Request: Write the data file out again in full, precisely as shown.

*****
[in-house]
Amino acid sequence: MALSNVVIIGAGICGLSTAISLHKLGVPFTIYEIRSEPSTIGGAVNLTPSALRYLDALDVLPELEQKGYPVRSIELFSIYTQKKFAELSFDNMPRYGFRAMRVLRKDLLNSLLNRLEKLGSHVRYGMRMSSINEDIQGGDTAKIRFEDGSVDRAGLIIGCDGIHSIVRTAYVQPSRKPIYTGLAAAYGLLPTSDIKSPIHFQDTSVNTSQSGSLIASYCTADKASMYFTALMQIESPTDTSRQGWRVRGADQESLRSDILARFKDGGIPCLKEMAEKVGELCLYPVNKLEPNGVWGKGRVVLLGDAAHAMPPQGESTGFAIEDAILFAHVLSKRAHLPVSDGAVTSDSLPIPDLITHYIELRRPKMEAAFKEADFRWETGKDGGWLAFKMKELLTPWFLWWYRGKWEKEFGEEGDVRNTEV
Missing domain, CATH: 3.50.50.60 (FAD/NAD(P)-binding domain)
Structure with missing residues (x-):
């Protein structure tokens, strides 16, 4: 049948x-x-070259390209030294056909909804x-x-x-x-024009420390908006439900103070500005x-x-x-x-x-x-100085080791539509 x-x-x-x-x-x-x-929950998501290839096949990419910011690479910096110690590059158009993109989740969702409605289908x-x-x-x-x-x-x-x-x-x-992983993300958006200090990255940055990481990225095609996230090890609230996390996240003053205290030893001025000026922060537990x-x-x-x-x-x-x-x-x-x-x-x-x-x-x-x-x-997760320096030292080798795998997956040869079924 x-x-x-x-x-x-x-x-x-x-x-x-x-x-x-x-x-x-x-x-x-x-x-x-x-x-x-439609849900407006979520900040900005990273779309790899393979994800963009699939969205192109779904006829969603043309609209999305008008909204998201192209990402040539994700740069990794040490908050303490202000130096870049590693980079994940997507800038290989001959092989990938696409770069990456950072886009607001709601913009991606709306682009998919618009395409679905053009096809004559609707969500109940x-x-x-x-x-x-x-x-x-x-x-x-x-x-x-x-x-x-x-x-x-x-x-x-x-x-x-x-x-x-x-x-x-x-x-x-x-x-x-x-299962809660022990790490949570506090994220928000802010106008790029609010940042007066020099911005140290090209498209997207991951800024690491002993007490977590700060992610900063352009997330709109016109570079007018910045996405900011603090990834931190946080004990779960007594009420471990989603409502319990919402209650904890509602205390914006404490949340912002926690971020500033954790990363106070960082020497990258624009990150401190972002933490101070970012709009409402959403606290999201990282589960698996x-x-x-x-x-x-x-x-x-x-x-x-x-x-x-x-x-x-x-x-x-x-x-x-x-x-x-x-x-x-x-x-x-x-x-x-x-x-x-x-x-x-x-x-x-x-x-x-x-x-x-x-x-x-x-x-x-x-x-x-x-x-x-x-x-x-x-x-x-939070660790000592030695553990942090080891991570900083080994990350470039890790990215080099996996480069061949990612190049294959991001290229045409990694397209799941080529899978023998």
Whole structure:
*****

[in-house]
Amino acid sequence: MALSNVVIIGAGICGLSTAISLHKLGVPFTIYEIRSEPSTIGGAVNLTPSALRYLDALDVLPELEQKGYPVRSIELFSIYTQKKFAELSFDNMPRYGFRAMRVLRKDLLNSLLNRLEKLGSHVRYGMRMSSINEDIQGGDTAKIRFEDGSVDRAGLIIGCDGIHSIVRTAYVQPSRKPIYTGLAAAYGLLPTSDIKSPIHFQDTSVNTSQSGSLIASYCTADKASMYFTALMQIESPTDTSRQGWRVRGADQESLRSDILARFKDGGIPCLKEMAEKVGELCLYPVNKLEPNGVWGKGRVVLLGDAAHAMPPQGESTGFAIEDAILFAHVLSKRAHLPVSDGAVTSDSLPIPDLITHYIELRRPKMEAAFKEADFRWETGKDGGWLAFKMKELLTPWFLWWYRGKWEKEFGEEGDVRNTEV
Missing domain, CATH: 3.50.50.60 (FAD/NAD(P)-binding domain)
Structure with missing residues (x-):
């Protein structure tokens, strides 16, 4: 049948x-x-070259390209030294056909909804x-x-x-x-024009420390908006439900103070500005x-x-x-x-x-x-100085080791539509 x-x-x-x-x-x-x-929950998501290839096949990419910011690479910096110690590059158009993109989740969702409605289908x-x-x-x-x-x-x-x-x-x-992983993300958006200090990255940055990481990225095609996230090890609230996390996240003053205290030893001025000026922060537990x-x-x-x-x-x-x-x-x-x-x-x-x-x-x-x-x-997760320096030292080798795998997956040869079924 x-x-x-x-x-x-x-x-x-x-x-x-x-x-x-x-x-x-x-x-x-x-x-x-x-x-x-439609849900407006979520900040900005990273779309790899393979994800963009699939969205192109779904006829969603043309609209999305008008909204998201192209990402040539994700740069990794040490908050303490202000130096870049590693980079994940997507800038290989001959092989990938696409770069990456950072886009607001709601913009991606709306682009998919618009395409679905053009096809004559609707969500109940x-x-x-x-x-x-x-x-x-x-x-x-x-x-x-x-x-x-x-x-x-x-x-x-x-x-x-x-x-x-x-x-x-x-x-x-x-x-x-x-299962809660022990790490949570506090994220928000802010106008790029609010940042007066020099911005140290090209498209997207991951800024690491002993007490977590700060992610900063352009997330709109016109570079007018910045996405900011603090990834931190946080004990779960007594009420471990989603409502319990919402209650904890509602205390914006404490949340912002926690971020500033954790990363106070960082020497990258624009990150401190972002933490101070970012709009409402959403606290999201990282589960698996x-x-x-x-x-x-x-x-x-x-x-x-x-x-x-x-x-x-x-x-x-x-x-x-x-x-x-x-x-x-x-x-x-x-x-x-x-x-x-x-x-x-x-x-x-x-x-x-x-x-x-x-x-x-x-x-x-x-x-x-x-x-x-x-x-x-x-x-x-939070660790000592030695553990942090080891991570900083080994990350470039890790990215080099996996480069061949990612190049294959991001290229045409990694397209799941080529899978023998």
Whole structure: